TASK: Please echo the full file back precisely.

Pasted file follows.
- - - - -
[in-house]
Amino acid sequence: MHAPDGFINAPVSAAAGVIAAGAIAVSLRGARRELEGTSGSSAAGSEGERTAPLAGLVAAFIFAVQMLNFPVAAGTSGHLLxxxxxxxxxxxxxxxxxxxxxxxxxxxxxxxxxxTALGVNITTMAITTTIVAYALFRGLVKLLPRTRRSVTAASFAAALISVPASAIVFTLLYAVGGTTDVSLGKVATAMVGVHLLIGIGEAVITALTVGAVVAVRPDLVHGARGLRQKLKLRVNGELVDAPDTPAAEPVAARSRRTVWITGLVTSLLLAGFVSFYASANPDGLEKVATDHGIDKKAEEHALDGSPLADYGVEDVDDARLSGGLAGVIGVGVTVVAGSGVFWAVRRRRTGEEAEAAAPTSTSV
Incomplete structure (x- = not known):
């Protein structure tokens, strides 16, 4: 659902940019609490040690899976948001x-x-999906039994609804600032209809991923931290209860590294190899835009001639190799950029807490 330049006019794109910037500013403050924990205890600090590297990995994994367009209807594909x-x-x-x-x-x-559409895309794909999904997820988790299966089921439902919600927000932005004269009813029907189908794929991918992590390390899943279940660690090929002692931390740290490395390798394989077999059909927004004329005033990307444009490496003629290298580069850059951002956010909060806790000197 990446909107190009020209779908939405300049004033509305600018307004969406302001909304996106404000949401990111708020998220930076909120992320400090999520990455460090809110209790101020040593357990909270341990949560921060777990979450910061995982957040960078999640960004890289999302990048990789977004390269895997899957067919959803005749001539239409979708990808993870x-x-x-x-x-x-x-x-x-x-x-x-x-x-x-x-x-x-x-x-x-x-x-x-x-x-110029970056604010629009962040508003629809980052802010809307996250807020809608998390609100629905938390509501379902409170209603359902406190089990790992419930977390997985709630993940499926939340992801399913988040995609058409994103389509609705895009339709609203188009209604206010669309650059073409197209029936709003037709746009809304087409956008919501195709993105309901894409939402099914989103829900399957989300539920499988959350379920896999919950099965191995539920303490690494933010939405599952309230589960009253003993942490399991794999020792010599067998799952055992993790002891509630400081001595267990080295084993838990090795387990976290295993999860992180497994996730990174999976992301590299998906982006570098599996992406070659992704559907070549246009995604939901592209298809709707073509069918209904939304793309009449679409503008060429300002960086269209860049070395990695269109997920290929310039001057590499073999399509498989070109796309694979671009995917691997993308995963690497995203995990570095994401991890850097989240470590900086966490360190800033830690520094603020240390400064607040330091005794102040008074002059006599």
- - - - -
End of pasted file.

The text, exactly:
[in-house]
Amino acid sequence: MHAPDGFINAPVSAAAGVIAAGAIAVSLRGARRELEGTSGSSAAGSEGERTAPLAGLVAAFIFAVQMLNFPVAAGTSGHLLxxxxxxxxxxxxxxxxxxxxxxxxxxxxxxxxxxTALGVNITTMAITTTIVAYALFRGLVKLLPRTRRSVTAASFAAALISVPASAIVFTLLYAVGGTTDVSLGKVATAMVGVHLLIGIGEAVITALTVGAVVAVRPDLVHGARGLRQKLKLRVNGELVDAPDTPAAEPVAARSRRTVWITGLVTSLLLAGFVSFYASANPDGLEKVATDHGIDKKAEEHALDGSPLADYGVEDVDDARLSGGLAGVIGVGVTVVAGSGVFWAVRRRRTGEEAEAAAPTSTSV
Incomplete structure (x- = not known):
């Protein structure tokens, strides 16, 4: 659902940019609490040690899976948001x-x-999906039994609804600032209809991923931290209860590294190899835009001639190799950029807490 330049006019794109910037500013403050924990205890600090590297990995994994367009209807594909x-x-x-x-x-x-559409895309794909999904997820988790299966089921439902919600927000932005004269009813029907189908794929991918992590390390899943279940660690090929002692931390740290490395390798394989077999059909927004004329005033990307444009490496003629290298580069850059951002956010909060806790000197 990446909107190009020209779908939405300049004033509305600018307004969406302001909304996106404000949401990111708020998220930076909120992320400090999520990455460090809110209790101020040593357990909270341990949560921060777990979450910061995982957040960078999640960004890289999302990048990789977004390269895997899957067919959803005749001539239409979708990808993870x-x-x-x-x-x-x-x-x-x-x-x-x-x-x-x-x-x-x-x-x-x-x-x-x-x-110029970056604010629009962040508003629809980052802010809307996250807020809608998390609100629905938390509501379902409170209603359902406190089990790992419930977390997985709630993940499926939340992801399913988040995609058409994103389509609705895009339709609203188009209604206010669309650059073409197209029936709003037709746009809304087409956008919501195709993105309901894409939402099914989103829900399957989300539920499988959350379920896999919950099965191995539920303490690494933010939405599952309230589960009253003993942490399991794999020792010599067998799952055992993790002891509630400081001595267990080295084993838990090795387990976290295993999860992180497994996730990174999976992301590299998906982006570098599996992406070659992704559907070549246009995604939901592209298809709707073509069918209904939304793309009449679409503008060429300002960086269209860049070395990695269109997920290929310039001057590499073999399509498989070109796309694979671009995917691997993308995963690497995203995990570095994401991890850097989240470590900086966490360190800033830690520094603020240390400064607040330091005794102040008074002059006599």